The Last criterion, 'Accessibility,' indicates How easily consumers can purchase hearing aids.


Indeed, purchasing Traditional Hearing Aids requires visiting an otolaryngologist or an audiologist, which can be challenging to schedule.

However, OTC Hearing Aids and Personal Sound Amplifiers are available for purchase in retail stores and even online.

In particular, the greatest advantage of OTC Hearing Aids is that with just a few simple clicks, you can immediately try out a legitimate hearing aid.

 

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What is the Best Option For Managing Hearing?

Comparison between traditional hearing aids and otc hearing aids in total

Comparison between traditional hearing aids and otc hearing aids in total

In conclusion, for individuals with hearing loss, there are two main options to consider: traditional prescription hearing aids and over-the-counter (OTC) hearing aids.

 

Let's compare these two options:

Firstly, the target users of traditional hearing aids are very broad. They can be used by people of all ages, from children to adults, and by anyone with any range of hearing loss, as long as they purchase according to their specific hearing needs.
In contrast, OTC hearing aids can be purchased without a hearing test, making them available only to individuals aged 18 and above. Additionally, OTC hearing aids are recommended only for those with mild to moderate hearing loss.

 

In terms of price, traditional hearing aids typically cost around $2,500 on average. If the hearing aids become smaller and support features like Bluetooth, the price can exceed $5,000 for a pair.
However, OTC hearing aids generally range from $300 to $600. High-performance OTC hearing aids that implement features found in traditional hearing aids can cost over $3,000.

 

Regarding insurance coverage, traditional hearing aids may receive partial coverage depending on the type of insurance, although not all insurance plans cover hearing aid costs, and even with partial coverage, the cost may still be significant.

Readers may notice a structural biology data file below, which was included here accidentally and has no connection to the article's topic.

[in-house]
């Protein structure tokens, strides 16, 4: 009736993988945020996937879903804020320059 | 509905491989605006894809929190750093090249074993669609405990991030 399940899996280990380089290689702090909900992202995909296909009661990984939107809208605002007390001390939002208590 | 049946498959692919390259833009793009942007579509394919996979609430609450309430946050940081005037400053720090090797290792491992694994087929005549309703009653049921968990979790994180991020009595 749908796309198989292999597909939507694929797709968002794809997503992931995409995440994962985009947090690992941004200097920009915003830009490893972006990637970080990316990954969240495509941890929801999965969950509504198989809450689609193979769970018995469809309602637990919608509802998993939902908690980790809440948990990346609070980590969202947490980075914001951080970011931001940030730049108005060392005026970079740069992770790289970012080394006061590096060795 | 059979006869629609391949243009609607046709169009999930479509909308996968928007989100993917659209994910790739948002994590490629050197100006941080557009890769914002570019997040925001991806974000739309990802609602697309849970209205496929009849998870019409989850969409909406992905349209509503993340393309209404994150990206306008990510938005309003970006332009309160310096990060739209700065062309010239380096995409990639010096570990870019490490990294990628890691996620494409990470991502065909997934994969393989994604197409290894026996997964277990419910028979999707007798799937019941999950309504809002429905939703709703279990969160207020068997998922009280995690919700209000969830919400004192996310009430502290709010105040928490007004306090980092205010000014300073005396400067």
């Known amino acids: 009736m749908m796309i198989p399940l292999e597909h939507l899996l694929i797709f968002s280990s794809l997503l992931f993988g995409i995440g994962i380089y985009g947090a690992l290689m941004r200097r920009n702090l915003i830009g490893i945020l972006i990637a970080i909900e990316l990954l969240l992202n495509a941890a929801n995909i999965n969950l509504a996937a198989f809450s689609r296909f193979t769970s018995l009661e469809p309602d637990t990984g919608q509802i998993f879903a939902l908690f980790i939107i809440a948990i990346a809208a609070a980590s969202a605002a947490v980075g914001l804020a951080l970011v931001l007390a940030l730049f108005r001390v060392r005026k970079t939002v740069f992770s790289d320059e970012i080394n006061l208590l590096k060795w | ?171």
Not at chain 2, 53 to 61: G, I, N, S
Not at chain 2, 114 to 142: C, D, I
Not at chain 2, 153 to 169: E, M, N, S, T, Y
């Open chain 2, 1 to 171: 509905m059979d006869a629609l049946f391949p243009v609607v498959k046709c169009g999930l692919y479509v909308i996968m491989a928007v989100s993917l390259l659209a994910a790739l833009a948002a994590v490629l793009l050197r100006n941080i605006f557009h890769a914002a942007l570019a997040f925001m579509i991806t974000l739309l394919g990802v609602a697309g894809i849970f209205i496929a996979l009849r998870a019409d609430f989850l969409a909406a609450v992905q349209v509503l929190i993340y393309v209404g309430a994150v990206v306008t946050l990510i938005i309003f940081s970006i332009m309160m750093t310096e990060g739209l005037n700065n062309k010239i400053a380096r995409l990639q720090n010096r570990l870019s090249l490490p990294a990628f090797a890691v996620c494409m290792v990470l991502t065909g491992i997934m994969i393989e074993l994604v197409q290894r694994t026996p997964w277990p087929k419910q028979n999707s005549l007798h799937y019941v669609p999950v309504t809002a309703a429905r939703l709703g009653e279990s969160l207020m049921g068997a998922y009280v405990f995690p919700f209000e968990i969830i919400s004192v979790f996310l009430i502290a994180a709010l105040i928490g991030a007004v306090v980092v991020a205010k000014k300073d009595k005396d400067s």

OTC hearing aids are not typically covered by insurance, but they often come at a lower price point, making them a more economically viable option.

 

Prescription-required hearing aids usually involve purchase and adjustment by professionals, prioritizing expertise. OTC hearing aids, while still hearing aids, do not require a hearing test or prescription. While they may not offer the same level of customization as traditional hearing aids, they provide a more accessible and affordable option for those prioritizing price and accessibility.

 

 

However, many people hesitate to buy hearing aids online.

This hesitation often stems from the fact that they are purchasing hearing aids without physically trying them on.

Additionally, older individuals may not be aware of how to purchase hearing aids online.

 

But you need not worry!

This article will provide Smart Tips for Buying OTC Hearing Aids Online!

 

" Don't spend exorbitant amounts on hearing aids by yourself anymore! "

 

Stop Overpaying for the Hearing Aids! banner with an old lady wearing hearing aids

 

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Easy Guide to buy hearing aids online 

an old couple is smiling while shopping online

 

1. Check Your Hearing Loss Level

If you find yourself using OTC hearing aids but desire settings that are more professionally tailored than self-Guess,
consider visiting a nearby audiologist or otolaryngologist for a hearing test. Many insurance plans support the cost of hearing tests.

Based on the results of your hearing test, if you find that the sounds you struggle to hear are primarily below 70 decibels, purchasing and using OTC hearing aids would be appropriate for you.

 

a man with blue background and on the left side there are black sound amplifiers and on the right side there are otc hearing aids

 

2. Carefully Evaluate the Performance of the device.

Make sure whether it's truly a hearing aid or just a sound amplifier. Some sound amplifiers advertise themselves as OTC hearing aids when they're not.